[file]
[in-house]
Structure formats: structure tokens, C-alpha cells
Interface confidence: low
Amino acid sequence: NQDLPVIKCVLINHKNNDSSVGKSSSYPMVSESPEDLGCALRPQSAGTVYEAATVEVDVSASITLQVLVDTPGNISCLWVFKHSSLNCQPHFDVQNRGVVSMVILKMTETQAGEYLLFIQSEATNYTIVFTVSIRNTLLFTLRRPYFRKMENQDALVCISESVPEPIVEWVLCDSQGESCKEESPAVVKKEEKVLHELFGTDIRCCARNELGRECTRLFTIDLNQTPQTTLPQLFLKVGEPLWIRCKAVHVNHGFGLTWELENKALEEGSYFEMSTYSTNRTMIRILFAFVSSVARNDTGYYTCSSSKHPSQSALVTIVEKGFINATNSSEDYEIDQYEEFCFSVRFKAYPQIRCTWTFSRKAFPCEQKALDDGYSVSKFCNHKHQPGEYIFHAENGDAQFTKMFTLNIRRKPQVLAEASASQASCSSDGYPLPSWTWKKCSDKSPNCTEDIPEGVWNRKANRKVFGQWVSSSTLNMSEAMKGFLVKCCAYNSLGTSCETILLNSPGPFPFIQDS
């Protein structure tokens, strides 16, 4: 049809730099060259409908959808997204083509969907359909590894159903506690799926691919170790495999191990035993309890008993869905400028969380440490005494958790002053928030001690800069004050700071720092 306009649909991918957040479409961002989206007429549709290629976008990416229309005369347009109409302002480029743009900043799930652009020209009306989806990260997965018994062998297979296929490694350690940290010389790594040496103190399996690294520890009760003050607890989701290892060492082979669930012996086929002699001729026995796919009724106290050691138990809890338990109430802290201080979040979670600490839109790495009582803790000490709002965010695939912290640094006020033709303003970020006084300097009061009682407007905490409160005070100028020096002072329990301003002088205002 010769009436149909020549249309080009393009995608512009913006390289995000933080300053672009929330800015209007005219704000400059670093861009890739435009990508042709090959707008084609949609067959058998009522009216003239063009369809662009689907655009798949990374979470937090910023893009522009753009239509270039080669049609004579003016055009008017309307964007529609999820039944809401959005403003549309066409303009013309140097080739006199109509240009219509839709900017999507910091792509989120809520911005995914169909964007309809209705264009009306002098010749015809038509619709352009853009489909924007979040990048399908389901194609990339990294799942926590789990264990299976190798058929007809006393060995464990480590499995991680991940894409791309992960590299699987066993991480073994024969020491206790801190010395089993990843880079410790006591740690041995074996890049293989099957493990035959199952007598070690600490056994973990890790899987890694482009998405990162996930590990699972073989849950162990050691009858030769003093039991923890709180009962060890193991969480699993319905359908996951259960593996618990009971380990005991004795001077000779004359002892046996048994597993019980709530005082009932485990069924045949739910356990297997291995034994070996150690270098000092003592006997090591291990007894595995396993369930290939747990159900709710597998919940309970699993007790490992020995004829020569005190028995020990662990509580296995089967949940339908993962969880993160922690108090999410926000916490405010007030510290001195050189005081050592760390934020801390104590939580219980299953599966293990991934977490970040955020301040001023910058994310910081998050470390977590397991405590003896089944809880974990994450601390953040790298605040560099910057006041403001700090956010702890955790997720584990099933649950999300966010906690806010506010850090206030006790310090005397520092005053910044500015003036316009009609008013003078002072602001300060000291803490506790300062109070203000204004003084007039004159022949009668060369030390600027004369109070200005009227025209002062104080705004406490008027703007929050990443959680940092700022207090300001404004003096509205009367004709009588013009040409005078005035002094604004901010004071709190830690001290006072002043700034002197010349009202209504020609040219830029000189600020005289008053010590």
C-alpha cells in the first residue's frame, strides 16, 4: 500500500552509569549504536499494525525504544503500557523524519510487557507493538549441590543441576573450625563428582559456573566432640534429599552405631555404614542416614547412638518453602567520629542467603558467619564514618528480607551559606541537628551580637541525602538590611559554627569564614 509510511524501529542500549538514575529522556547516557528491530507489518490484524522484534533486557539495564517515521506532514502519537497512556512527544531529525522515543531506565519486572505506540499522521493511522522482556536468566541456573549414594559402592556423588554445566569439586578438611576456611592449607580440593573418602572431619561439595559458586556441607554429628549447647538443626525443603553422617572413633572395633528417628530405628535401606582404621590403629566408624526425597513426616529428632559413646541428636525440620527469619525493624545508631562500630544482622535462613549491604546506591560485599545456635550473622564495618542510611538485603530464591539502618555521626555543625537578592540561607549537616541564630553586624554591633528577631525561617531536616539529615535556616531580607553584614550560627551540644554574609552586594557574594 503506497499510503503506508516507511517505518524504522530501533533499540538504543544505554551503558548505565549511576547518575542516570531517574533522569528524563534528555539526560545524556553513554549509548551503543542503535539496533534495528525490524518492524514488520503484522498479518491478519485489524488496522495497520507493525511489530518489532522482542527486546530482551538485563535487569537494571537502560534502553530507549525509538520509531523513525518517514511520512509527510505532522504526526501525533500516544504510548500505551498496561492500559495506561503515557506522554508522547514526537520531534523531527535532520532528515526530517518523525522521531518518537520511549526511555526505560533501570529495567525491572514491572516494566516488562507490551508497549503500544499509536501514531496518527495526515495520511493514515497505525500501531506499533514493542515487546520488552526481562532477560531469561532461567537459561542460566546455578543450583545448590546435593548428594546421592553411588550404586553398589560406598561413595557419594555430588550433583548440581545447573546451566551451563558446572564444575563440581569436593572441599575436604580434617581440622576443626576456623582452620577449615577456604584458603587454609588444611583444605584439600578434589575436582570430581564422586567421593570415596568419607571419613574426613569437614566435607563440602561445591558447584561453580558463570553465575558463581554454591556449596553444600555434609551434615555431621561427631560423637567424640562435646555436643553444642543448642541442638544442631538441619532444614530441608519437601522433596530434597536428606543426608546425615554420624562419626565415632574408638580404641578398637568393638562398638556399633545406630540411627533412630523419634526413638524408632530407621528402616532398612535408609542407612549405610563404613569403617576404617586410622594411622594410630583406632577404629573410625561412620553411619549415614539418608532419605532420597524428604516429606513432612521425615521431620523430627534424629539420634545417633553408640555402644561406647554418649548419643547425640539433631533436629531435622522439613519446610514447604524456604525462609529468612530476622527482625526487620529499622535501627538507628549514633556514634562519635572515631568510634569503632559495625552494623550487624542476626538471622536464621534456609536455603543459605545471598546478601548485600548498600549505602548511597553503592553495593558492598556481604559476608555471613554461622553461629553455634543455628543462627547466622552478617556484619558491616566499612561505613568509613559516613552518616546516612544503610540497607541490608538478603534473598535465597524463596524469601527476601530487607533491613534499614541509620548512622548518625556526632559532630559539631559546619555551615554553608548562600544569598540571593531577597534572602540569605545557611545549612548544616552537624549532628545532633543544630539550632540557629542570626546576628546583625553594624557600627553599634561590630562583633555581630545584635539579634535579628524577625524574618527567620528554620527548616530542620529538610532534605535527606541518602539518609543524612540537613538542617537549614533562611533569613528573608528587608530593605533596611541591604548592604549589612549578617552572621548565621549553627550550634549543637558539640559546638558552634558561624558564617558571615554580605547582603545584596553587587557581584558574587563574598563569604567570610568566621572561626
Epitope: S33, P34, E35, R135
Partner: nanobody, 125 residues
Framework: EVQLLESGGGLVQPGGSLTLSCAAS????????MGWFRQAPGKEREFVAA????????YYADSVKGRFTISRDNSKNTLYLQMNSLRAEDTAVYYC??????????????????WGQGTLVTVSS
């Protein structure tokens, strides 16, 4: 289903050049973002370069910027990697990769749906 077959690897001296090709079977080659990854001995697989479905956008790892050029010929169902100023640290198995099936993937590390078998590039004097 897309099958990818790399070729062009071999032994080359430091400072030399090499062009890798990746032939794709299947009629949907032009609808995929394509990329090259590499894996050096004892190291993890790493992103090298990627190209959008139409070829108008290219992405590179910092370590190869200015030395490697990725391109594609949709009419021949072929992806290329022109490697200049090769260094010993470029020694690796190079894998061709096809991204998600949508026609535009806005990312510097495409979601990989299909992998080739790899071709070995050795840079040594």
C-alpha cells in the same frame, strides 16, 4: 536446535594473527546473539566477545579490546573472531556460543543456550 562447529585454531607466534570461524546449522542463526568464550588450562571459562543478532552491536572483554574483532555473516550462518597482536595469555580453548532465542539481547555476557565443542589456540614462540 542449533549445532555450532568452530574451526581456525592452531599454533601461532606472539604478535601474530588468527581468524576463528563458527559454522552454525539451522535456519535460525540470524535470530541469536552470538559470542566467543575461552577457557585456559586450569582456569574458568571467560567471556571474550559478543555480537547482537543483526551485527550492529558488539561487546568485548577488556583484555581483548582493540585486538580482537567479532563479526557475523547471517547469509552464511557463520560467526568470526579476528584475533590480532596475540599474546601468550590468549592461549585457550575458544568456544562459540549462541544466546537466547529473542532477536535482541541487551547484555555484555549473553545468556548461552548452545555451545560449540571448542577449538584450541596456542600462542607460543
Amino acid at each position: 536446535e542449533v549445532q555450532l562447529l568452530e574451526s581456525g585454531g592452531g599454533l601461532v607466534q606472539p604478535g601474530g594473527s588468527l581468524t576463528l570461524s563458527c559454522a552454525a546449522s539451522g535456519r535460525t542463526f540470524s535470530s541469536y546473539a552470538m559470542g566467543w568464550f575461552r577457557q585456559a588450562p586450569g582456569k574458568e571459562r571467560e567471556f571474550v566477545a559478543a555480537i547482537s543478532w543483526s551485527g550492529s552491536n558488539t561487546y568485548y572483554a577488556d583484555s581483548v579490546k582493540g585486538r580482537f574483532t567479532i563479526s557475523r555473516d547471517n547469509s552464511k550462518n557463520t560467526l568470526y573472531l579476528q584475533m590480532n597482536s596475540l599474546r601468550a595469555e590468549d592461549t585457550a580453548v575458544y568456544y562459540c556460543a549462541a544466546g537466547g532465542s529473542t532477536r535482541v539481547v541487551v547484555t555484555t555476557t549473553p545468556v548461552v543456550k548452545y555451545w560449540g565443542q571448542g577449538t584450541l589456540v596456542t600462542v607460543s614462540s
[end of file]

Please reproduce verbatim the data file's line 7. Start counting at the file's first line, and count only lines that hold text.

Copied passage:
Epitope: S33, P34, E35, R135